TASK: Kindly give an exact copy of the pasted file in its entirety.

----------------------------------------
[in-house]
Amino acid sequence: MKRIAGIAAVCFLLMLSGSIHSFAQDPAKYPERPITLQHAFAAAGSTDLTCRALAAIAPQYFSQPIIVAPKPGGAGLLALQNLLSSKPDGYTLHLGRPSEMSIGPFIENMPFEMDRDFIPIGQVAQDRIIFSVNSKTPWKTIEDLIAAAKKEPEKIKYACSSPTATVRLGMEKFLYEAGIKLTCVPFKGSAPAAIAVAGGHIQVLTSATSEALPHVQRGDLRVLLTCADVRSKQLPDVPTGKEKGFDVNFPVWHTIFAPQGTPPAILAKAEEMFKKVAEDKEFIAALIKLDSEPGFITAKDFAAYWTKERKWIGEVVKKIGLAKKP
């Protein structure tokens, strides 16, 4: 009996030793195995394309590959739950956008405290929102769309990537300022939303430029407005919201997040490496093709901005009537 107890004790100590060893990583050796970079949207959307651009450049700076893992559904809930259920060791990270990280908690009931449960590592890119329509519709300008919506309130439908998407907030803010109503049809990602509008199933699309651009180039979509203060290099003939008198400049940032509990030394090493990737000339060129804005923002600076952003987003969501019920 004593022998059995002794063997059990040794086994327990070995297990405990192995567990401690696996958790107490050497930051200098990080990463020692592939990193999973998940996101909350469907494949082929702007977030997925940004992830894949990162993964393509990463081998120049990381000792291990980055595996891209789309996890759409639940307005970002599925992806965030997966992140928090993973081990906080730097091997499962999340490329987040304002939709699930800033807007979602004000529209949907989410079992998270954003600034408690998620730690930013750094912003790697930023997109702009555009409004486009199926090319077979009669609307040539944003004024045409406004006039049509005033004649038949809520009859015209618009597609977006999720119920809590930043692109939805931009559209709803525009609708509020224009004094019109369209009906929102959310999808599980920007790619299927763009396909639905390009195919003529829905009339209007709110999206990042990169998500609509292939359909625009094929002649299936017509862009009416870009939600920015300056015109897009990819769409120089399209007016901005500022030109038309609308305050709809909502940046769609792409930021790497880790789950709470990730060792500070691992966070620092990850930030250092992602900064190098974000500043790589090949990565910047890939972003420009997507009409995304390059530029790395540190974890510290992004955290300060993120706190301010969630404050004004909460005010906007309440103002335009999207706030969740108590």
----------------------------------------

[in-house]
Amino acid sequence: MKRIAGIAAVCFLLMLSGSIHSFAQDPAKYPERPITLQHAFAAAGSTDLTCRALAAIAPQYFSQPIIVAPKPGGAGLLALQNLLSSKPDGYTLHLGRPSEMSIGPFIENMPFEMDRDFIPIGQVAQDRIIFSVNSKTPWKTIEDLIAAAKKEPEKIKYACSSPTATVRLGMEKFLYEAGIKLTCVPFKGSAPAAIAVAGGHIQVLTSATSEALPHVQRGDLRVLLTCADVRSKQLPDVPTGKEKGFDVNFPVWHTIFAPQGTPPAILAKAEEMFKKVAEDKEFIAALIKLDSEPGFITAKDFAAYWTKERKWIGEVVKKIGLAKKP
């Protein structure tokens, strides 16, 4: 009996030793195995394309590959739950956008405290929102769309990537300022939303430029407005919201997040490496093709901005009537 107890004790100590060893990583050796970079949207959307651009450049700076893992559904809930259920060791990270990280908690009931449960590592890119329509519709300008919506309130439908998407907030803010109503049809990602509008199933699309651009180039979509203060290099003939008198400049940032509990030394090493990737000339060129804005923002600076952003987003969501019920 004593022998059995002794063997059990040794086994327990070995297990405990192995567990401690696996958790107490050497930051200098990080990463020692592939990193999973998940996101909350469907494949082929702007977030997925940004992830894949990162993964393509990463081998120049990381000792291990980055595996891209789309996890759409639940307005970002599925992806965030997966992140928090993973081990906080730097091997499962999340490329987040304002939709699930800033807007979602004000529209949907989410079992998270954003600034408690998620730690930013750094912003790697930023997109702009555009409004486009199926090319077979009669609307040539944003004024045409406004006039049509005033004649038949809520009859015209618009597609977006999720119920809590930043692109939805931009559209709803525009609708509020224009004094019109369209009906929102959310999808599980920007790619299927763009396909639905390009195919003529829905009339209007709110999206990042990169998500609509292939359909625009094929002649299936017509862009009416870009939600920015300056015109897009990819769409120089399209007016901005500022030109038309609308305050709809909502940046769609792409930021790497880790789950709470990730060792500070691992966070620092990850930030250092992602900064190098974000500043790589090949990565910047890939972003420009997507009409995304390059530029790395540190974890510290992004955290300060993120706190301010969630404050004004909460005010906007309440103002335009999207706030969740108590």